April ushered in the second phase of the conflict: Russia withdrew its forces from Kiev, Chernihiv and Sumy so as to focus on the Donbass. Overextended Russian forces around Nikolayev were also pulled back toward Kherson. From April to August, we saw Russian and separatist forces imposing a battle of attrition on the Ukrainian side. The Russians won the totality of the Lugansk oblast and started making gains in the Donetsk Oblast. This was no blitzkrieg, but rather a battle of attrition reminiscent of WWI, with Russian artillery punishing Ukrainian dugouts and trenches. This phase imposed unsustainable losses on the Ukrainian side as Kiev decided to stop trading space for time and instead committed reserves and fought for every inch of land. As a reminder, Ukrainian losses at the time averaged around 300 men per day, with units being near-wiped-out on a regular basis and untrained personnel being sent to the front in a hurry to hold it at all cost.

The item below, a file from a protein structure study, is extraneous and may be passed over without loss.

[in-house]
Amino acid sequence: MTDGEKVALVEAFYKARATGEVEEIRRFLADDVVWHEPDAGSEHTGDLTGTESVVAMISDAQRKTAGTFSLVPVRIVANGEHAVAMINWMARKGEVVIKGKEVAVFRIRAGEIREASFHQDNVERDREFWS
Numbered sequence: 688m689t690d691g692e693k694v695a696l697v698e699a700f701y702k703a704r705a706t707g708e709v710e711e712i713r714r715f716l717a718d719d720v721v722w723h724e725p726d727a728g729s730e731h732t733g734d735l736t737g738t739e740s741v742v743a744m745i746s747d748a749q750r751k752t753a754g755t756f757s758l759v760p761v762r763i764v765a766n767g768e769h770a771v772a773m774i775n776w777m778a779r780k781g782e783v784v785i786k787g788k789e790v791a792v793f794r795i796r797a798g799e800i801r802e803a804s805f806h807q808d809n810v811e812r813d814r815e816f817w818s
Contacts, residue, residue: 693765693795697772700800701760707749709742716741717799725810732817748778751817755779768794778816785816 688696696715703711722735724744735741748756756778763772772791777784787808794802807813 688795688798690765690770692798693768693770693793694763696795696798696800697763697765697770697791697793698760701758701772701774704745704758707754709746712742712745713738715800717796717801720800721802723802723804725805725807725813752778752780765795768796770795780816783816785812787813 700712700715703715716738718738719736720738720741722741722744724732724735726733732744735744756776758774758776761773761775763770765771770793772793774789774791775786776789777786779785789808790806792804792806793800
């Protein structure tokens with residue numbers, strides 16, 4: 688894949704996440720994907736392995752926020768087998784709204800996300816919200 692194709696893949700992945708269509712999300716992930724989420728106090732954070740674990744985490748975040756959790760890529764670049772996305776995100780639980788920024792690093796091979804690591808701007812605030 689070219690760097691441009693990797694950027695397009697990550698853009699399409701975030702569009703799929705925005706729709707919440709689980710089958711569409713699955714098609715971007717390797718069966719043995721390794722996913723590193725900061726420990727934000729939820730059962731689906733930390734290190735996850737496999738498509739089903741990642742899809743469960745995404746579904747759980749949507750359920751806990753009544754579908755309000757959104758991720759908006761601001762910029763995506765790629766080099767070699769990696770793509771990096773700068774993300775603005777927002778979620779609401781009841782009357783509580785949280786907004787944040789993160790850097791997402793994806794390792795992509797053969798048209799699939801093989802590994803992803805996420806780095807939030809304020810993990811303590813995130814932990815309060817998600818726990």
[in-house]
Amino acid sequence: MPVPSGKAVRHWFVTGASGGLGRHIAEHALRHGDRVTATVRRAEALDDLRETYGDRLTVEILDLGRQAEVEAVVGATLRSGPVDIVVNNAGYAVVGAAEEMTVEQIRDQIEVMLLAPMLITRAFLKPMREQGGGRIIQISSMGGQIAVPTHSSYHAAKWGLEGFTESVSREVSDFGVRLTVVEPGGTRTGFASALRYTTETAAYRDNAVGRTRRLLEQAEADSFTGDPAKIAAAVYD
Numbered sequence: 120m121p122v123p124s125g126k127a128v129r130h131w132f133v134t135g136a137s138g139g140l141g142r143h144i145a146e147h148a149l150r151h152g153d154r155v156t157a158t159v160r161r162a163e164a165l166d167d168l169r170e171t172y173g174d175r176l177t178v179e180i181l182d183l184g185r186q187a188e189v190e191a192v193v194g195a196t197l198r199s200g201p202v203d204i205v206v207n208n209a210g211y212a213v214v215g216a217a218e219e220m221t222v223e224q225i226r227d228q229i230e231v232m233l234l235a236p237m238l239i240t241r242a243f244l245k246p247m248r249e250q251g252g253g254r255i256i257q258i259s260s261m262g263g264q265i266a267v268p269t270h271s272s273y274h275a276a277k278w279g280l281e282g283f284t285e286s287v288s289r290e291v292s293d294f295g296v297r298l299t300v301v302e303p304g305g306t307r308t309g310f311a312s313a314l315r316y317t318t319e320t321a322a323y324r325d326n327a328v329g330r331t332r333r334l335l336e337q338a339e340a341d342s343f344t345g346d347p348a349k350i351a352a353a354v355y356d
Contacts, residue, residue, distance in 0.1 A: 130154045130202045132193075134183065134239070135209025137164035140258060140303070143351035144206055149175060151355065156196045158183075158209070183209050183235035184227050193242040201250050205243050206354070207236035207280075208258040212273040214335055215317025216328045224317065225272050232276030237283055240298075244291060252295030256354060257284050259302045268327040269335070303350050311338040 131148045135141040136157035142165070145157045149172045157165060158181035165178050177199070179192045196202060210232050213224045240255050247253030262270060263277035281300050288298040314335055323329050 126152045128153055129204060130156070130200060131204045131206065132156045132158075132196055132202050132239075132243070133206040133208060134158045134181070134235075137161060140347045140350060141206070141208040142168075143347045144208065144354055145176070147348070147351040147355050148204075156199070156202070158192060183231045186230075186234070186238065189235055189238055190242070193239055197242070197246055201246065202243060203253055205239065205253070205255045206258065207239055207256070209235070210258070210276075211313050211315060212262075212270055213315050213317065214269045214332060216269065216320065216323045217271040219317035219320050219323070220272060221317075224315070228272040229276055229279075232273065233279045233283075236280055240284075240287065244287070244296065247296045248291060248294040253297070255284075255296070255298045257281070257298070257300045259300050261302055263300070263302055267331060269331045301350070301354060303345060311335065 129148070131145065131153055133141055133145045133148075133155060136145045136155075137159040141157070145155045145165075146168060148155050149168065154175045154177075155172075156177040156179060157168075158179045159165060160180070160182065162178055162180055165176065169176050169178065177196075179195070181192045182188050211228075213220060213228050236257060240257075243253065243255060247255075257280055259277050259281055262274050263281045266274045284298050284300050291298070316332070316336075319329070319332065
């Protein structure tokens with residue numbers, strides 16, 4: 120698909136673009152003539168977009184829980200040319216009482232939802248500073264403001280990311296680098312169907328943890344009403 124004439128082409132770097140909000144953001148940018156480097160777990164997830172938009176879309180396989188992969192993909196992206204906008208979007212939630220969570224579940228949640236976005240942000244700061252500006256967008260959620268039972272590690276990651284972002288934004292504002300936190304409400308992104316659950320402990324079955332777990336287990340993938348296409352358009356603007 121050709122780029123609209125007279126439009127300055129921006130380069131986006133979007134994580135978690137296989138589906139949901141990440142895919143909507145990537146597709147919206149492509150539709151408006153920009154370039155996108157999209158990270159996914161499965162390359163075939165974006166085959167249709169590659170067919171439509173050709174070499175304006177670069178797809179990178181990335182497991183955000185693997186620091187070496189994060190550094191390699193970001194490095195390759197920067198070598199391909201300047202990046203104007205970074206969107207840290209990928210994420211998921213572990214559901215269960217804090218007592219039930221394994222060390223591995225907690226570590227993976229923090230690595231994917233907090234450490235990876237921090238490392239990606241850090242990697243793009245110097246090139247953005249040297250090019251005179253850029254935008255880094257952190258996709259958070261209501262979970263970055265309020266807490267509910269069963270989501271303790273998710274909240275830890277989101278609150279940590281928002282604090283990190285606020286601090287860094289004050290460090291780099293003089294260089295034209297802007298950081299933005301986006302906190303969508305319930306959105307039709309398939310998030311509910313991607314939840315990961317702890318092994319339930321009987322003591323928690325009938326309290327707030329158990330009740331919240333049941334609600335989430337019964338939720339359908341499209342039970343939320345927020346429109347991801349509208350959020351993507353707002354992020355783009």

According to Scott Ritter, still, what we have seen from August up until now is a “new” Ukrainian army fighting the Russians, or in his own words “NATO versus Russia”: “Russia… Facing a NATO style military that is being logistically sustained by NATO, trained by NATO, provided with NATO intelligence and working in harmony with NATO planners… following a battleplan made in Brussels”. He goes on: “Russia is no longer fighting a Ukrainian army equipped by NATO but a NATO army manned by Ukrainians”. This is therefore a new distinct phase in this war, its third one.

The first Russian response was a withdrawal from the Kharkiv oblast and all the way back behind the Oskil river. The withdrawal was not a pretty affair and a fair bit of equipment was left behind, alongside Russian speaking Ukrainians that will face the wrath of a vengeful Ukrainian army. This withdrawal was a Russian admission that 200,000 men is definitely not enough to hold a 1000km long front!